# SETUP (common to all tutorials)
import fermioniq
client = fermioniq.Client() # Initialize the client (assumes environment variables are set)

import rich # Module for pretty printing
import nest_asyncio # Necessary only for Jupyter, can be omitted in .py files

2) Config & output settings#

The emulator has extensive configuration options. To get the most out of the emulator for very difficult circuits it will often be necessary to configure the emulator properly. However, for most circuits good results can be obtained by using the default options. The client can take care of this for you.

First let’s setup a circuit.

from qiskit import QuantumCircuit
circuit = QuantumCircuit(3)
circuit.cx(0, 1)
circuit.cx(1, 2)


Standard config

Creating a job with fermioniq.EmulatorJob(circuit) will automatically generate config settings for that circuit.

To obtain these automatically generated config settings explicitly, you can use the standard_config() function:

from fermioniq.config.defaults import standard_config

# Obtain a standard config for this circuit
config = standard_config(circuit)

# Take a look

# Give this config alongside the circuit to create an emulator job
emulator_job = fermioniq.EmulatorJob(circuit=circuit, config=config)

You can modify any of the configuration options (within limitations) by giving a custom config to the EmulatorJob constructor. A good starting point is usually the standard configuration.

The standard_config() function takes 4 arguments:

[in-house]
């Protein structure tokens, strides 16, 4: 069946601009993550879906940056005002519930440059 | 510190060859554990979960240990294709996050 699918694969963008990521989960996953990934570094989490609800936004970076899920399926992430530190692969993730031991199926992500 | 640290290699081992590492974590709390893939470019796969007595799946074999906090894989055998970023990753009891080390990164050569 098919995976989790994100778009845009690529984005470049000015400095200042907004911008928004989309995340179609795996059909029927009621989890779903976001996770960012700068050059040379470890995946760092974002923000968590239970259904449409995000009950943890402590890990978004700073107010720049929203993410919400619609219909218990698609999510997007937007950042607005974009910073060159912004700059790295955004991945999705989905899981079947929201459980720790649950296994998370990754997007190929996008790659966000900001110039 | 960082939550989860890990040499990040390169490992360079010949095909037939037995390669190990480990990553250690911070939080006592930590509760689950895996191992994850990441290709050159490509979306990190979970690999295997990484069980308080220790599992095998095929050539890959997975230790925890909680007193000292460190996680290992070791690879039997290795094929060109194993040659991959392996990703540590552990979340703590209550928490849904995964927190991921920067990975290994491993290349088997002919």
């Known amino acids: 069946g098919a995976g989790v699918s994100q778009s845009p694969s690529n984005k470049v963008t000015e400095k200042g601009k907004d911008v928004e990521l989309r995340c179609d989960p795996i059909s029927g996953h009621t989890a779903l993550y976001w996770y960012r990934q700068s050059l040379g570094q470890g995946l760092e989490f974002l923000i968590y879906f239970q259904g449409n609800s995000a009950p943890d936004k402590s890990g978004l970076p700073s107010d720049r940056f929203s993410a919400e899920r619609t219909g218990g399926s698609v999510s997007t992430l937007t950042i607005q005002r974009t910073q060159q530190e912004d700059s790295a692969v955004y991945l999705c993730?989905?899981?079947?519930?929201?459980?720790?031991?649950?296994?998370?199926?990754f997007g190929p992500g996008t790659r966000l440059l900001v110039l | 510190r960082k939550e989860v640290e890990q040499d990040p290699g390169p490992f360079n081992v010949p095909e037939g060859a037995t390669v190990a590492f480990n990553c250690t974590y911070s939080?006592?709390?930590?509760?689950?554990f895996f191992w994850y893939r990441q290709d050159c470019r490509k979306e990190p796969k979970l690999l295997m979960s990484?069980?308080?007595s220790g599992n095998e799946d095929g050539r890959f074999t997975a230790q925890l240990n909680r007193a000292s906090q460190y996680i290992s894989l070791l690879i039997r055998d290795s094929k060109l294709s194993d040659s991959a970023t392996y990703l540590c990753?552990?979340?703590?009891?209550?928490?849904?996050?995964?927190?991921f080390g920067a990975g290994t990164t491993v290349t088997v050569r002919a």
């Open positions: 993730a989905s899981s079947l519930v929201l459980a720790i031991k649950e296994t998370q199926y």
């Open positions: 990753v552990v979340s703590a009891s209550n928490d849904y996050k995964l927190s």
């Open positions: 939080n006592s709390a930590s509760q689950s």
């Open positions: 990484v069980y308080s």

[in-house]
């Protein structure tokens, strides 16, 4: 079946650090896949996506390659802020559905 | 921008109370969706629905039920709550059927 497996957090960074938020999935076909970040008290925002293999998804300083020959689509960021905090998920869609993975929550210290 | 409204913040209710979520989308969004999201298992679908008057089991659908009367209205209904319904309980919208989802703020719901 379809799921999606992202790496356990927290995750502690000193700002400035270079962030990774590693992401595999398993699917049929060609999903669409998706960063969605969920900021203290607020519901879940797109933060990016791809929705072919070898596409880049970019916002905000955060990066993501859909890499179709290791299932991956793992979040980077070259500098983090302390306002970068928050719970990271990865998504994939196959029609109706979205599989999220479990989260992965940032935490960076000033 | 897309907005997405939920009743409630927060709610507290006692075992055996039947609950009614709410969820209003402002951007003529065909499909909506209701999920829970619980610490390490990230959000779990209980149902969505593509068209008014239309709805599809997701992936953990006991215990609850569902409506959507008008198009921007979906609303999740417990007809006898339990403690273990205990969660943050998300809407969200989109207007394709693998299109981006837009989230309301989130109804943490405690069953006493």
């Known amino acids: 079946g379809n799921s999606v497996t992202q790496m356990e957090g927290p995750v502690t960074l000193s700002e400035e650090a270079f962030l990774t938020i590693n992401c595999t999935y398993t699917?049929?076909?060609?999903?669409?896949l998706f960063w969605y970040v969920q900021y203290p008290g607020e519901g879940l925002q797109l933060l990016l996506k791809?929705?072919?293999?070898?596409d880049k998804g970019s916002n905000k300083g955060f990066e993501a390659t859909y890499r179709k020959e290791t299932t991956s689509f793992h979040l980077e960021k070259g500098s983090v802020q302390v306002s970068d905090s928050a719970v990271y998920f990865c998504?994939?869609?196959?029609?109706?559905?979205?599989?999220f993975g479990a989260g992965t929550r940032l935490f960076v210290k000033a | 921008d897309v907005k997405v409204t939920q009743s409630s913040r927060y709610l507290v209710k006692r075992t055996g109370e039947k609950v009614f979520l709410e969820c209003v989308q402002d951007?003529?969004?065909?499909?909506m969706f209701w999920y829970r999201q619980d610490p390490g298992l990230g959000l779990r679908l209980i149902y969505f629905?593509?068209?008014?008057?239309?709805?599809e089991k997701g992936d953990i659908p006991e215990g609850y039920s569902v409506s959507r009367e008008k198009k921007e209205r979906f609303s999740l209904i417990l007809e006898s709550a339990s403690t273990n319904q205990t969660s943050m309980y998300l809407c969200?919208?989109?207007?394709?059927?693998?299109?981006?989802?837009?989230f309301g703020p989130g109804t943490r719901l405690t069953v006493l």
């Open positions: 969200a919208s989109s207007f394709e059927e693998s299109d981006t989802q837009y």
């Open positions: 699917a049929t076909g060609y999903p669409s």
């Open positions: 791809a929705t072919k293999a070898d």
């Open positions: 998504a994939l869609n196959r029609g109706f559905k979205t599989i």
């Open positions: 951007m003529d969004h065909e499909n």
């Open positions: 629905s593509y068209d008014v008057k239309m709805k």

• circuit: This is the Cirq or Qiskit circuit you want to emulate.

  • effort: This parameter can be used to control how much computational effort is put into simulating the circuit by the emulator. It should be a number between 0 and 1. The default setting is 0.1 (10% ‘effort’), which should give good results on most small- to medium-sized circuits. A value of 1 will attempt a maximum effort emulation up to computational resource limitations.

  • noise: Set to True if this config is for a noisy emulation. There is also a standard_config_noisy() function for convenience.

Basic config settings

As can be seen above, standard_config() creates a dictionary with the fields:

  • mode

  • qubits

  • grouping

  • dmrg

  • noise

  • output

The fields mode, dmrg and grouping will be explained in Tutorial 3. Noise has to do with mixed state emulation, which is the topic of Tutorial 5.

The remainder of this tutorial focuses on the fields that need to be set to specify the input and output of the emulator, which are:

  • initial_state: Initial state of the emulator;